Wednesday, February 9, 2011

Jobs for pharmacists with disabilities

Pharmacists with disabilities may have a difficult time finding jobs in the retail or hospital sectors that don't require you to spend most of your workday on your feet. If you work in a pharmaceutical company, you'll probably spend most of your time sitting at your desk (unless you're traveling).

Here's what the Bureau of Labor Statistics has to say about pharmacist jobs:

Work environment. Pharmacists work in clean, well-lighted, and well-ventilated areas. Many pharmacists spend most of their workday on their feet. When working with sterile or dangerous pharmaceutical products, pharmacists wear gloves, masks, and other protective equipment.

Most pharmacists work about 40 hours a week, but about 12 percent worked more than 50 hours per week in 2008. In addition, about 19 percent of pharmacists worked part-time. Many community and hospital pharmacies are open for extended hours, so pharmacists may be required to work nights, weekends, and holidays. Consultant pharmacists may travel to healthcare facilities to monitor patients' drug therapies.

Employment

Pharmacists held about 269,900 jobs in 2008. About 65 percent worked in retail settings. Most of these were salaried employees, but a small number were self-employed owners. About 22 percent of pharmacists worked in hospitals. A small proportion worked in mail-order and Internet pharmacies, pharmaceutical wholesalers, offices of physicians, and the Federal Government.

Job Outlook

Employment is expected to increase faster than the average. As a result of job growth, the need to replace workers who leave the occupation, and the limited capacity of training programs, job prospects should be excellent.

Employment change. Employment of pharmacists is expected to grow by 17 percent between 2008 and 2018, which is faster than the average for all occupations. The increasing numbers of middle-aged and elderly people—who use more prescription drugs than younger people—will continue to spur demand for pharmacists throughout the projection period. In addition, as scientific advances lead to new drug products, and as an increasing number of people obtain prescription drug coverage, the need for these workers will continue to expand.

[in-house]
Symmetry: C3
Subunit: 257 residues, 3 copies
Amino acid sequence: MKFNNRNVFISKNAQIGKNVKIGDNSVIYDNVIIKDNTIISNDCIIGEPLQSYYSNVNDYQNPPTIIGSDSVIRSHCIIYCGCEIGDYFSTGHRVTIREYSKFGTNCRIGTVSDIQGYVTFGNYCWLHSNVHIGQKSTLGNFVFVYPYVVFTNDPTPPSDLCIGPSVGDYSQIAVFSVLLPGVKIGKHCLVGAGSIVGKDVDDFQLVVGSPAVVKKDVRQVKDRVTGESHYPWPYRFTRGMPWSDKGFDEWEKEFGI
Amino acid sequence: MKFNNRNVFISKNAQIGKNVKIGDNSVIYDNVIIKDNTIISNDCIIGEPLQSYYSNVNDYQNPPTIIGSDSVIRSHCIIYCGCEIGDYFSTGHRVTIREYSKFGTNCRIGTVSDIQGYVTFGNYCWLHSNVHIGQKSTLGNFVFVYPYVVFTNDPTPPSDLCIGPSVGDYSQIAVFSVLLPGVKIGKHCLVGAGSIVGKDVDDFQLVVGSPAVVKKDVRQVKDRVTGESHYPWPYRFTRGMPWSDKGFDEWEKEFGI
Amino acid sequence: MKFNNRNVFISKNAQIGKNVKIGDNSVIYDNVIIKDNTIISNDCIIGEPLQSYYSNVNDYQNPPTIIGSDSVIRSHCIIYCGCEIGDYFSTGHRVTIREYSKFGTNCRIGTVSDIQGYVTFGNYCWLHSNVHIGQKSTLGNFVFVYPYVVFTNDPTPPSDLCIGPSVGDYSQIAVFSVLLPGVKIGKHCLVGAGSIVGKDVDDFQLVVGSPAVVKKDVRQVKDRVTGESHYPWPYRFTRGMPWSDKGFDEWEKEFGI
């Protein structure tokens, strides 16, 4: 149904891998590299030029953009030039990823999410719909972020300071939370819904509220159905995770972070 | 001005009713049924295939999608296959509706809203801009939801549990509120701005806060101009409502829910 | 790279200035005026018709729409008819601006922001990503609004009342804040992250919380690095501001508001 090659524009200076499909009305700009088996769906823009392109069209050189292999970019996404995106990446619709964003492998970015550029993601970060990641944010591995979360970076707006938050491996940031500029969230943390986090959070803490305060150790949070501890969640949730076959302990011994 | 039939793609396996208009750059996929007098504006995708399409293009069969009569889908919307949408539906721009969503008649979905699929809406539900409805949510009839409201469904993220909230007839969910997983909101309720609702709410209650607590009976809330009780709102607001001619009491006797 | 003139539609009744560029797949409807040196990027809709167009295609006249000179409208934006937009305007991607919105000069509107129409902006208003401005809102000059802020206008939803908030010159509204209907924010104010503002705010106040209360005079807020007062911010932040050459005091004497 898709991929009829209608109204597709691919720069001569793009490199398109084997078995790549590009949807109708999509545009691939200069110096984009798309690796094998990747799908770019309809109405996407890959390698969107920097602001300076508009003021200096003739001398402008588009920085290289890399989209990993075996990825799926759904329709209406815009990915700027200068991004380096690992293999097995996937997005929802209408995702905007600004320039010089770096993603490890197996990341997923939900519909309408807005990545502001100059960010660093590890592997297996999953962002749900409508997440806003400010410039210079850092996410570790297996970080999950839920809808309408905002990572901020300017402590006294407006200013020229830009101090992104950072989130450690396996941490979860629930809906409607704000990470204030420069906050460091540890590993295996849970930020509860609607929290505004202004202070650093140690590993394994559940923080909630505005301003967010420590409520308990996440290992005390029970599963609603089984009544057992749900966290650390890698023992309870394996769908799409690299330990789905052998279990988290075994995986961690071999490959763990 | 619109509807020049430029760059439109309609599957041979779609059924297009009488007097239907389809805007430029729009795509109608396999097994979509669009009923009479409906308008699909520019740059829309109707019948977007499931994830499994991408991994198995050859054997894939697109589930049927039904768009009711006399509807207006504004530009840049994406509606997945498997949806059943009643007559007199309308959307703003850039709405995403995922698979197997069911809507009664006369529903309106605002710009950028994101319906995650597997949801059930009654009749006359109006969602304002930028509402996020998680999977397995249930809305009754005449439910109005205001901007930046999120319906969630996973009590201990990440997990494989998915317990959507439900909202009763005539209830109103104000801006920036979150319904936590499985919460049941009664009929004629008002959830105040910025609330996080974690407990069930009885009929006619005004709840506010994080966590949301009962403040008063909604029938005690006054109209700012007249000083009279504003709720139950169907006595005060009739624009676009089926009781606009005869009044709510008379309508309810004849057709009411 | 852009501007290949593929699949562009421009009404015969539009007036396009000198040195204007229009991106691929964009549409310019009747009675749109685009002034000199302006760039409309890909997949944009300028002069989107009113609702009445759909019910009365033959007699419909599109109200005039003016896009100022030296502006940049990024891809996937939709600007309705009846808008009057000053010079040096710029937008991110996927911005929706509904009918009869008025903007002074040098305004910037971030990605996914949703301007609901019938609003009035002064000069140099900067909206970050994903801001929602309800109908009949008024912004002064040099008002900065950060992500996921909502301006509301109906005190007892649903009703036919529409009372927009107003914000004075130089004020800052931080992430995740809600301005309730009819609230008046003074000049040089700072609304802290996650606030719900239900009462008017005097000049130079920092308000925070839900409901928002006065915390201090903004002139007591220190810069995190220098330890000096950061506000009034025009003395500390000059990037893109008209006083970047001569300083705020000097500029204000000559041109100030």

Pharmacists also are becoming more involved in patient care. As prescription drugs become more complex, and as the number of people taking multiple medications increases, the potential for dangerous drug interactions will grow. Pharmacists will be needed to counsel patients on the proper use of medication, assist in drug selection and dosage, and monitor complex drug regimens. This need will lead to rapid growth for pharmacists in medical care establishments, such as doctors’ offices, outpatient care centers, and nursing care facilities.

Demand also will increase in mail-order pharmacies, which often are more efficient than pharmacies in other practice settings. Employment also will continue to grow in hospitals, drugstores, grocery stores, and mass retailers, because pharmacies in these settings will continue to process the majority of all prescriptions and increasingly will offer patient care services, such as the administration of vaccines.

Job prospects. Job prospects are expected to be excellent over the 2008–18 period. Employers in many parts of the country report difficulty in attracting and retaining adequate numbers of pharmacists—primarily the result of the limited training capacity of Pharm.D. programs. In addition, as a larger percentage of pharmacists elects to work part time, more individuals will be needed to fill the same number of prescriptions. Job openings also will result from faster than average employment growth and from the need to replace workers who retire or leave the occupation for other reasons.

Bureau of Labor Statistics, U.S. Department of Labor, Occupational Outlook Handbook, 2010-11 Edition, Pharmacists, on the Internet at http://www.bls.gov/oco/ocos079.htm (visited February 09, 2011).

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